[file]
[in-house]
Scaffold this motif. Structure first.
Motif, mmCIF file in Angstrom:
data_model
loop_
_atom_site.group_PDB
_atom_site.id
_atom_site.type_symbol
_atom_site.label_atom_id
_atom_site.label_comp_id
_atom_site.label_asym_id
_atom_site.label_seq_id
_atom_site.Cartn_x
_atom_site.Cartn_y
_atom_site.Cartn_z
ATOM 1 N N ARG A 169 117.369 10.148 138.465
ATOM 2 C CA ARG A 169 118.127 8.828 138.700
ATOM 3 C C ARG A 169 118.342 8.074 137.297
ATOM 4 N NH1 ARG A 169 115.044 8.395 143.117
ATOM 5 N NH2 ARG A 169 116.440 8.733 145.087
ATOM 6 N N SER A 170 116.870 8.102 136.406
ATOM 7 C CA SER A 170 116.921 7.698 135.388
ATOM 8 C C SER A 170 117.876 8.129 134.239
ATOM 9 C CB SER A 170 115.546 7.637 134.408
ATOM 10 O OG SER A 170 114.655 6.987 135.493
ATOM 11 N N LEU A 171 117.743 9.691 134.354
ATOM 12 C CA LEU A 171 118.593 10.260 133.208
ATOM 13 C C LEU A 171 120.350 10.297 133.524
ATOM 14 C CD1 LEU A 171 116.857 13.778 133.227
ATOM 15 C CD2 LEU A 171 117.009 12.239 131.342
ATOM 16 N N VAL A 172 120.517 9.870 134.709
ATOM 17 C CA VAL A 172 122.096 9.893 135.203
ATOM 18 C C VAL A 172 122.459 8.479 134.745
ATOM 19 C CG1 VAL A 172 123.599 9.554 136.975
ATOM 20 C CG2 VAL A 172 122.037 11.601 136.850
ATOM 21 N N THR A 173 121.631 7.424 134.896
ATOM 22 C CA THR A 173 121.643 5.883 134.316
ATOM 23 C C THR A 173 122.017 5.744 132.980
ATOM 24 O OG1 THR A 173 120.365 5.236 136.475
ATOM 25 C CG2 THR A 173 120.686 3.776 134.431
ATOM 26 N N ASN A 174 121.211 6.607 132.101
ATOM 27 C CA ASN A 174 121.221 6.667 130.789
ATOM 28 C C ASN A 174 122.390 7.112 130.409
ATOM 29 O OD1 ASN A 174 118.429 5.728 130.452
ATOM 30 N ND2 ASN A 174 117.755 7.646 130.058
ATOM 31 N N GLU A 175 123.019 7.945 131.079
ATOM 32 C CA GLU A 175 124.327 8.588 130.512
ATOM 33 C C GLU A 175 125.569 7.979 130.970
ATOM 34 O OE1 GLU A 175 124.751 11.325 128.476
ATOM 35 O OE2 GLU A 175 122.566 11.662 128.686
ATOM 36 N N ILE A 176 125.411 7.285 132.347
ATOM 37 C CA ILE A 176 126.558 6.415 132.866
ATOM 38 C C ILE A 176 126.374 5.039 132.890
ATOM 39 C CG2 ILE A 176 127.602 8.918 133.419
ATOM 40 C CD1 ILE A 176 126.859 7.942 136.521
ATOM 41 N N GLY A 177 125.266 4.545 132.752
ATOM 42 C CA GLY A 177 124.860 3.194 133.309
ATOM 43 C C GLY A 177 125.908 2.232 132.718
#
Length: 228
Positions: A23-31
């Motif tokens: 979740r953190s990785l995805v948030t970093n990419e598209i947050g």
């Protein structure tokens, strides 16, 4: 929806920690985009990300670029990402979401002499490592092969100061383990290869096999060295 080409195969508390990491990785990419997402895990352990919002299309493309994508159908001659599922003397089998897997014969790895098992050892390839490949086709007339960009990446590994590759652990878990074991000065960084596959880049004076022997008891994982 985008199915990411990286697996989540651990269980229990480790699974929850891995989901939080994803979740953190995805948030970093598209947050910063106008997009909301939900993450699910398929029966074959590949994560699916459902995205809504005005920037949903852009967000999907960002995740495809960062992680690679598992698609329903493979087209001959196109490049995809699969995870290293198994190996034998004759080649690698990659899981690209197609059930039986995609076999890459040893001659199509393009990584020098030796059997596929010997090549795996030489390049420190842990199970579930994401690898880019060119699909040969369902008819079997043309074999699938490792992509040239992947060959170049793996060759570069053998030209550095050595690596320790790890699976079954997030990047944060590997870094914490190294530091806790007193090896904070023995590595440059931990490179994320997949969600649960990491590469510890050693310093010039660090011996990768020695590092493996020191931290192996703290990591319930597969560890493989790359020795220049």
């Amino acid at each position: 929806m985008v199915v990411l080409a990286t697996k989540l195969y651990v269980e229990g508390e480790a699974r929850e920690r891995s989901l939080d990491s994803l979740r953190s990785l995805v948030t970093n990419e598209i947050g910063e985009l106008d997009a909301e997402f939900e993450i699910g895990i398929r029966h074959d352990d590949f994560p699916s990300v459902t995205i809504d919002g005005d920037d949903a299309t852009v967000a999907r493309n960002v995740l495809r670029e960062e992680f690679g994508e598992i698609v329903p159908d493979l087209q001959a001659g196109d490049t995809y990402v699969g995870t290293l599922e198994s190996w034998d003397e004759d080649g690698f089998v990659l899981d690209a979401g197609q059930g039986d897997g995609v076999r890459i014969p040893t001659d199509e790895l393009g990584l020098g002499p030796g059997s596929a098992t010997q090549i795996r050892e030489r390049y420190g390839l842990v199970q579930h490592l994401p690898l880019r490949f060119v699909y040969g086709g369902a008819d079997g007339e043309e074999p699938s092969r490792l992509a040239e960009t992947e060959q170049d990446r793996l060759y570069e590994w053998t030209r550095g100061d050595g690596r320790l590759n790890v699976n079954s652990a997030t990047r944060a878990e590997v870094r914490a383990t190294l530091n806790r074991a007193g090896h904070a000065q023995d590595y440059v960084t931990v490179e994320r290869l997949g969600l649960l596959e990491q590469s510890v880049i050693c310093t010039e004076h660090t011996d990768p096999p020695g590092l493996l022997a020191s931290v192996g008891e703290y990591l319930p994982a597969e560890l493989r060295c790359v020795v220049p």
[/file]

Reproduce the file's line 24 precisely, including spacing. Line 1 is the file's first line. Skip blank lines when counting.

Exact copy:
ATOM 9 C CB SER A 170 115.546 7.637 134.408